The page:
As any kind of author, you have to understand that not everyone is going to like your work. You won’t be able to please 100% of your intended audience, so you will get negative reviews.
As a self-published author, your ego is even more at risk, since you don’t have a marketing firm to pave your way, telling everyone how awesome you are and how desperately they need to buy your book or books.
Small publishing presses alone can give authors valuable marketing resources that boost their presence and likability. And when it comes to Big 5 publishing companies, they have the ability to not only pave your way to The New York Times Best-Selling List; to a large degree, they can pay your way there too.
Sorry, authors, but you normally don’t get on that lauded listing without some serious cash behind you.
While I’m in no way shape or form knocking self-publishing – I went that route, after all – you have to understand how it means you’re on your own. You have no name recognition whatsoever, which makes people say "no" more often than not.
I knew all of that perfectly well when I called up Lancaster’s 4th Wall Comics two Wednesdays ago to see if it ever did author book signings for fantasy or sci-fi novels. I figured it would be a likely market to try Not So Human in, so I was happy when they said to bring the book in.
There, I spoke to a very nice guy named Jared, who looked at the novel, asked if it was age-appropriate, and said he simply needed to speak with his business partners. After he did, he’d get back to me about scheduling something at a peak traffic time.
We shook hands, and I left my book and business card with him, thinking that I’d get a call back in the next few days one way or the other.
Yet a full week went by, prompting me to call them again the Wednesday after my initial contact. This time, it was Jim who picked up, and when I explained that I was the person who called last week, he immediately said, “Oh yeah, we decided not to go with you” without a shred of caring in his voice.
Admittedly, my ego remained intact for that round. It was my Italian temper that took a trip, flaring up with righteous indignation at his attitude and the fact that he and his had apparently made such a firm decision but didn’t bother telling me about it.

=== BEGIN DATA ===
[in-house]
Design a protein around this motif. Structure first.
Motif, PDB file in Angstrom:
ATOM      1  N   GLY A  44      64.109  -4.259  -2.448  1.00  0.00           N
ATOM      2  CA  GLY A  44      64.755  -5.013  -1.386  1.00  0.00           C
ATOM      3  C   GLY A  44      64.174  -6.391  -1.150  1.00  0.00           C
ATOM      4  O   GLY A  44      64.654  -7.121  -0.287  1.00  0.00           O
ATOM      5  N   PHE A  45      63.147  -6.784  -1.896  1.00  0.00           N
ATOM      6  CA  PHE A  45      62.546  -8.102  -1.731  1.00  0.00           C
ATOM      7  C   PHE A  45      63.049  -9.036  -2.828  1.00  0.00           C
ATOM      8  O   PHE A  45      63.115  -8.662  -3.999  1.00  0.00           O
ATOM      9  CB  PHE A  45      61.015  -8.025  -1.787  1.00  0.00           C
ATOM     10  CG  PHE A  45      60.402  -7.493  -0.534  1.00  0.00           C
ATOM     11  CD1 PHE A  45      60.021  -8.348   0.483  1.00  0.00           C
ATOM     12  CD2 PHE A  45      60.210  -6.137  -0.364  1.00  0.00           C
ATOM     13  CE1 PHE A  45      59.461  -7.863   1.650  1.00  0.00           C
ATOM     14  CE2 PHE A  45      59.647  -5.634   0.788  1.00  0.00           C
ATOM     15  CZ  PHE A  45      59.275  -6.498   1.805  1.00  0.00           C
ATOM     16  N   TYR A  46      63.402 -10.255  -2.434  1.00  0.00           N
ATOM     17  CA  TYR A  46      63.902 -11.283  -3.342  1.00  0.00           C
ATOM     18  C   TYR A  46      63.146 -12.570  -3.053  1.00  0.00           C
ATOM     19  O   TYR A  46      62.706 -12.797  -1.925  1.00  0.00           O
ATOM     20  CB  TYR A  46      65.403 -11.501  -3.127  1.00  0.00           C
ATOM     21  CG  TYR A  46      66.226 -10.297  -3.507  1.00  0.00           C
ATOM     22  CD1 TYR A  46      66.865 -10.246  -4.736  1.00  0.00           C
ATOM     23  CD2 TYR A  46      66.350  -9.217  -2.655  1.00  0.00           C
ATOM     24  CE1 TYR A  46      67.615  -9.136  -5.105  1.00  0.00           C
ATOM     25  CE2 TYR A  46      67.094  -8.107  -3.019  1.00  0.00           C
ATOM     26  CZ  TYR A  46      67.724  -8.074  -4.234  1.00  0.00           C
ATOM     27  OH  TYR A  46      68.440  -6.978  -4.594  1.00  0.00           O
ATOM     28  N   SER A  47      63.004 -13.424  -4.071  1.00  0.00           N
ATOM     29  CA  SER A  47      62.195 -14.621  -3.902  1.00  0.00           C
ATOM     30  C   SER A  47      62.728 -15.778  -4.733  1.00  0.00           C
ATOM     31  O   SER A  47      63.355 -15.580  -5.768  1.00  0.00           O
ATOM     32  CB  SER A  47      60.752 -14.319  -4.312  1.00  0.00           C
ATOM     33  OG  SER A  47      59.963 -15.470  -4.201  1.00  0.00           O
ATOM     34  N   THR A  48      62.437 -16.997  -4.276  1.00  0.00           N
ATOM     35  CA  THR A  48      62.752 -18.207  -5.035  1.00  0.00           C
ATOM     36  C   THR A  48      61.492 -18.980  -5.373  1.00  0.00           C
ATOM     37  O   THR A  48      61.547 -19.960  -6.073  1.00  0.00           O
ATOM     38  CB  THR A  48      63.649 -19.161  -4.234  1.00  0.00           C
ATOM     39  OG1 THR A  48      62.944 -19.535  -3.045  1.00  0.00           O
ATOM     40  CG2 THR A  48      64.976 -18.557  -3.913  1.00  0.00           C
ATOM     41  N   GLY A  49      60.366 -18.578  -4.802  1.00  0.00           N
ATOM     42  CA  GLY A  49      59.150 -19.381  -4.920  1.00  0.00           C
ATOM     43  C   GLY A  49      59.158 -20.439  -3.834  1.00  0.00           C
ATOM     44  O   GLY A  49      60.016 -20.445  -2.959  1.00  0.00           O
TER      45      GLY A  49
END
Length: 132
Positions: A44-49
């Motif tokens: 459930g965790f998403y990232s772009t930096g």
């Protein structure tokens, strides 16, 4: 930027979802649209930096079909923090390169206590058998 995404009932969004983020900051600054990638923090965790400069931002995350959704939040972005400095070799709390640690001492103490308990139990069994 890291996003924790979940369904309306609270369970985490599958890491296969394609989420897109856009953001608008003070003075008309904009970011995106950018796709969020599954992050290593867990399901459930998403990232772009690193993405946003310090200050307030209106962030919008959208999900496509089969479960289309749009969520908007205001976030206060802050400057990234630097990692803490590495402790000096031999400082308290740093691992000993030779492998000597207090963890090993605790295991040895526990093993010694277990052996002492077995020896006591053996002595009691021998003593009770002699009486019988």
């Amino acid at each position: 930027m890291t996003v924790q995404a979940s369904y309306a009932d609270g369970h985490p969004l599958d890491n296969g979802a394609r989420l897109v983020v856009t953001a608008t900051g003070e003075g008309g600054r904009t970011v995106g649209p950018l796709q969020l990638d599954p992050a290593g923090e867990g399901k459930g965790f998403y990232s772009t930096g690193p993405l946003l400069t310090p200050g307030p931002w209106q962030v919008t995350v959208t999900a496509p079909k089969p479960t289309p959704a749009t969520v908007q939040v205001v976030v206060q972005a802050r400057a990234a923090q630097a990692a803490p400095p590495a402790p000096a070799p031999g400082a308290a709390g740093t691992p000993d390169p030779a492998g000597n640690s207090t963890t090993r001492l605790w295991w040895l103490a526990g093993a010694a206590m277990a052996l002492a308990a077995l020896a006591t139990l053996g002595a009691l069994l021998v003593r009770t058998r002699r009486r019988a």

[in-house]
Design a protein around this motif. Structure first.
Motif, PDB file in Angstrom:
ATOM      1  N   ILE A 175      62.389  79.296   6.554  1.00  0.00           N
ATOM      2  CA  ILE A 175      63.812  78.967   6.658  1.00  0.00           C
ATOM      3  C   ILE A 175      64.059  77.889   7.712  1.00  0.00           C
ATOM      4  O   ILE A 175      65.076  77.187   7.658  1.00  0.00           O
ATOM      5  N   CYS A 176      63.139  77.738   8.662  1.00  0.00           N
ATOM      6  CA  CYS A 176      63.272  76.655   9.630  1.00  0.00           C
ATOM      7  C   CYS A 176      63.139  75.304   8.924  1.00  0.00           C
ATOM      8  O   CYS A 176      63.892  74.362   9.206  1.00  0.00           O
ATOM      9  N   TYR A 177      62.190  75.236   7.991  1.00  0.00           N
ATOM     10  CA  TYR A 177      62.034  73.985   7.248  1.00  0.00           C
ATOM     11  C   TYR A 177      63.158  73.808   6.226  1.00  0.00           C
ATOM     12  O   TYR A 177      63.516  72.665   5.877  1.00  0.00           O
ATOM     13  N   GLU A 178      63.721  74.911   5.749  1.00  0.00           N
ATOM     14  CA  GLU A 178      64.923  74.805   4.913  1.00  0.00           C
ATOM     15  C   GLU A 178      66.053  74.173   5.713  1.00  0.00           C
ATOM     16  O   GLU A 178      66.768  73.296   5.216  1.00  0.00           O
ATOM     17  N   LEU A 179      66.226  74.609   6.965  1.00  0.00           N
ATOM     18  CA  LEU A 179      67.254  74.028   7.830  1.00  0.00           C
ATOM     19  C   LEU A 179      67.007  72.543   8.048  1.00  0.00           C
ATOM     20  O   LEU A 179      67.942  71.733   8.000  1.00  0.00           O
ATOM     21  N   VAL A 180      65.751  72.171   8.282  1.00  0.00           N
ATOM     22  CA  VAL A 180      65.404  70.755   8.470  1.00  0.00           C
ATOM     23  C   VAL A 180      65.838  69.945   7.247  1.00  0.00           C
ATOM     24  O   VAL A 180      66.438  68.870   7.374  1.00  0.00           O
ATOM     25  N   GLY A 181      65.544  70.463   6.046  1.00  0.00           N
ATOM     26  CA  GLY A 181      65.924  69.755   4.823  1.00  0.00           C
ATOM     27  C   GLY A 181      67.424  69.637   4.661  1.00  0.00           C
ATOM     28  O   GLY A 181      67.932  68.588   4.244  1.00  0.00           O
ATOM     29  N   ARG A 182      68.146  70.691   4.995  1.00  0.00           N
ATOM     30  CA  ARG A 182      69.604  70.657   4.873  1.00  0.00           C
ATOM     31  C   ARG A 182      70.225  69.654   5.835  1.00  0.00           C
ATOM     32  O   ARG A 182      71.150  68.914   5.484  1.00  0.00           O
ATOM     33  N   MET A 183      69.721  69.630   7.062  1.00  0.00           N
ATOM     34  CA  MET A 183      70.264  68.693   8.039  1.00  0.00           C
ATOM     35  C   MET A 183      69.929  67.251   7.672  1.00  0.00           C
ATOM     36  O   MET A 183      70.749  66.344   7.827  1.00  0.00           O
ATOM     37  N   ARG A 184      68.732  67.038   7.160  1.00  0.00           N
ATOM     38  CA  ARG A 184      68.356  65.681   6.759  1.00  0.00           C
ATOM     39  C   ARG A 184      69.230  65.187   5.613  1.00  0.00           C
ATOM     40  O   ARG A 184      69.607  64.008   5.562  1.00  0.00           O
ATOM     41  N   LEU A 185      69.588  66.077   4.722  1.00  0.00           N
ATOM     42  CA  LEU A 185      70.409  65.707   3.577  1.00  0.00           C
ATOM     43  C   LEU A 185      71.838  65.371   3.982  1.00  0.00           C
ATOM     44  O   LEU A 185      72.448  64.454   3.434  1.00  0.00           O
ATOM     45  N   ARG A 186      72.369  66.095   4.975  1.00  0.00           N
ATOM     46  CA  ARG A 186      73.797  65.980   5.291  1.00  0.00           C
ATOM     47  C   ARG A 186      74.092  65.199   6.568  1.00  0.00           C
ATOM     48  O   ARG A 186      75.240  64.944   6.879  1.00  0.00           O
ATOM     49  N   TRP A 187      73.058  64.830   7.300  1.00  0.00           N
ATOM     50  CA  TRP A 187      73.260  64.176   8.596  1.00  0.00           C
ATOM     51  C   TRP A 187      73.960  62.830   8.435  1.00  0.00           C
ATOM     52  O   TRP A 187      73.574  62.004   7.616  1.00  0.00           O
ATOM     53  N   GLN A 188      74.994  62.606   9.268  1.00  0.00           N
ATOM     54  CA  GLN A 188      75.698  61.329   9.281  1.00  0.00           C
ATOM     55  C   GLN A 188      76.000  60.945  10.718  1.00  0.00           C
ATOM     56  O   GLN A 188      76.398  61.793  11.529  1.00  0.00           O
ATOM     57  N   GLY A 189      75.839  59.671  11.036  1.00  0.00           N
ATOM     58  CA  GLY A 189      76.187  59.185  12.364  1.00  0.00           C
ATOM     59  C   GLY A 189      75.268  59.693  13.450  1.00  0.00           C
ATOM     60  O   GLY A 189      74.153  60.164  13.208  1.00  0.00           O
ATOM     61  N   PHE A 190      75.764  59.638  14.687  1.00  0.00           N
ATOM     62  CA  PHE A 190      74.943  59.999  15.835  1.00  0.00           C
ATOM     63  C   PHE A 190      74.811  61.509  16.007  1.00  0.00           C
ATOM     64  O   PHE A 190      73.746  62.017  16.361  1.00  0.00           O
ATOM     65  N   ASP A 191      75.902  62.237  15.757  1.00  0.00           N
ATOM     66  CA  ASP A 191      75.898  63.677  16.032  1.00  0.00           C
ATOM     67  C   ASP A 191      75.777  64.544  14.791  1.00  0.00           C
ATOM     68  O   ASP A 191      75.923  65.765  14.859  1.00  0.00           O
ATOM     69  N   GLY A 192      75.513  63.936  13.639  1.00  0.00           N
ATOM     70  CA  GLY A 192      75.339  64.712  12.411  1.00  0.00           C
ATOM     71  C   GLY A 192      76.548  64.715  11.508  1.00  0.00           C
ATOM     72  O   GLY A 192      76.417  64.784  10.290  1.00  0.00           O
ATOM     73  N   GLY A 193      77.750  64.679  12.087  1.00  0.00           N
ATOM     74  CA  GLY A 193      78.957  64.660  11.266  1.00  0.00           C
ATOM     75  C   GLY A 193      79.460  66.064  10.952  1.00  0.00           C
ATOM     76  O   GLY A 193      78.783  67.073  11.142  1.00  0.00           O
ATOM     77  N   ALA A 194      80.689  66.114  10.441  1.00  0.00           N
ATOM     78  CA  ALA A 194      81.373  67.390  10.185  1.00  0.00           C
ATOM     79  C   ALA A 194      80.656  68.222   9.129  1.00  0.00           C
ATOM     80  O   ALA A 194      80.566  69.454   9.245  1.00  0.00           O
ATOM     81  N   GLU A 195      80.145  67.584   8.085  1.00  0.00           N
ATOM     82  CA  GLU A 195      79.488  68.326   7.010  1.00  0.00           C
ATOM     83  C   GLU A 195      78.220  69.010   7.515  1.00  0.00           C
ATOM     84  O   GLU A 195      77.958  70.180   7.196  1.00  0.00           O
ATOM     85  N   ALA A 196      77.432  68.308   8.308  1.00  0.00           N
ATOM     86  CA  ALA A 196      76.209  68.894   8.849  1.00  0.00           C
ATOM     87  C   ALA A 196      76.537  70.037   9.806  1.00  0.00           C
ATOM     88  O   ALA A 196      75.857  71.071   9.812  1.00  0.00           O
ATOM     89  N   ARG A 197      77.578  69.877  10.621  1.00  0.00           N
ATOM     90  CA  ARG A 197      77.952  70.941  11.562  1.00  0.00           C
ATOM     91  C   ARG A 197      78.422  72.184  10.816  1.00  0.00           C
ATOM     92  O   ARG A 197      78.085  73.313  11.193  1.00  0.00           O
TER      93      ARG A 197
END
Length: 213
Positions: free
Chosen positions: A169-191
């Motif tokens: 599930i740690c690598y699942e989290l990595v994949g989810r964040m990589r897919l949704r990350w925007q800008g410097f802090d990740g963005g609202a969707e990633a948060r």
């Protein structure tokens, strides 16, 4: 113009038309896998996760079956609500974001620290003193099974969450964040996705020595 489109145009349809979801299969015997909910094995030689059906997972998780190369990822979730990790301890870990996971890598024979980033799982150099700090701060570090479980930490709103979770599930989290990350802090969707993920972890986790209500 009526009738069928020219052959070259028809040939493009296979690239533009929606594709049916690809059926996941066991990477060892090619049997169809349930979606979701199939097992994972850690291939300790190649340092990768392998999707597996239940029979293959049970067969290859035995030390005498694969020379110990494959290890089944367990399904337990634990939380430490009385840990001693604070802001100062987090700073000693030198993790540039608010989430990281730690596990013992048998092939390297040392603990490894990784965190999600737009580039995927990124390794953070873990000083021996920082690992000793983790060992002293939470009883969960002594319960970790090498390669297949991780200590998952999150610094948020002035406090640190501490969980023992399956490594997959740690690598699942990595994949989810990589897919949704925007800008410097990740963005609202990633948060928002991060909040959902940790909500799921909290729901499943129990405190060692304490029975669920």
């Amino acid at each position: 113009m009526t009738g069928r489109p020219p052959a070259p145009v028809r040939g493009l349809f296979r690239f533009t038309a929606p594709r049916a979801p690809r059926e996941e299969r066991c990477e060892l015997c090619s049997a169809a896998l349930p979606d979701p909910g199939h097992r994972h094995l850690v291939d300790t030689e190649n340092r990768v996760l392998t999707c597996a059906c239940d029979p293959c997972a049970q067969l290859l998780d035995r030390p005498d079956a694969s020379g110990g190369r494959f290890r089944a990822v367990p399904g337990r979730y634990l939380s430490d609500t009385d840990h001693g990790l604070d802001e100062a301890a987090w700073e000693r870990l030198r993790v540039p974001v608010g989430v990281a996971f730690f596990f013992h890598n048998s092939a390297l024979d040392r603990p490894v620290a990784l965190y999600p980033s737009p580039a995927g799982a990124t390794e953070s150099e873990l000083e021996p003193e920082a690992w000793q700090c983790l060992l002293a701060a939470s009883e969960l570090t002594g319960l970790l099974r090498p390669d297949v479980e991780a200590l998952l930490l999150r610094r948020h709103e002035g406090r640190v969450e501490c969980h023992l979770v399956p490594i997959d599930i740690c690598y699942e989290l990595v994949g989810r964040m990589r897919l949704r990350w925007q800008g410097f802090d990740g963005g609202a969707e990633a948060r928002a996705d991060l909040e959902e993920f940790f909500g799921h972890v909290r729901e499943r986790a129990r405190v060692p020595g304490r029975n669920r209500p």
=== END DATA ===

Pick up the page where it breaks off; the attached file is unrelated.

My irritation didn’t subside when I asked him if I should just come get my book, and he gave me a one-word answer with the same indifferent tone. I immediately got into my car to make the 15-minute drive, trying to rein in my own attitude as I did.
By the time I got there, I had cooled down enough to be professional. But I still wasn’t happy and wanted to know why Not So Human had been so summarily rejected. Moreover, I was determined to let Jim know how he should handle rejections in the future.
No, I wasn’t going to say anything rude. I promise. And I wasn’t going to make a scene. However, I did want to point out that it really would have been nice if they had called me about their decision when they made it – which, the way he made it sound, had been pretty quick.
When I walked into the store though, it wasn’t Jim but Jared again, and he had a very different message to give me, asking if anyone had reached out to me on Facebook about my upcoming book signing.
Just like that, my emotions took a turn into utter confusion.
Jared pointed out where in the store it would take place and showed me a book by another author who would be doing his own signing next to me.
Thanking him, I left, muddled out of my mind, wondering if I’d completely misheard one of them somehow. As a result, I felt pretty stupid about connecting with 4th Wall Comics on Facebook, as Jared had instructed.
But I decided to put my pride on the line and just go for it anyway. So this is what I sent:
Hey 4th Wall,
Just checking in about the upcoming duel-author book signing for Not So Human.
Looking forward to getting the details!
Yes, I spelled “dual” wrong. Self-editing. Enough said. That aside, this is what I got back:
We discussed the signing between the 3 of us and we decided that it’s probably not in our best interest. We are a comic book store first and foremost and would like to stay true to our fundamental vision of bringing people together to examine, explore, and share with one another their experience with comics. That being said, we are currently only looking for comic writers for future signings. Sorry for the miscommunication on our part. Good luck.
4th Wall Comics
Now, by then, I wasn’t surprised. I had a feeling that was going to be the answer. But I still wanted to make it clear that they had a communication problem on their part; it wasn’t me. So I shot back:
Okay, I am exceptionally confused. Because when I called up yesterday and spoke to Jim, he said exactly that: that you guys had decided not to go with me. But then when I spoke to Jared in person when I came in to pick up my book, he said the opposite.
So I officially understand that I won’t be doing a book signing with you. But I don’t understand the mixed messages.
I never heard back after that.
Who knows what the real reason was. I don’t think it was the one I got though about staying true to their fundamental vision, since 1) They do sell some books there, 2) The other author Jared mentioned had a regular book, not a comic book, and 3) At least one of the business partners had no clue the official store policy completely excluded non-comic-book writers.
But the answer is obviously a no regardless. And that’s ultimately okay. Because for the slew of negative responses self-published authors expect to get, the positive ones really do make it worth the effort.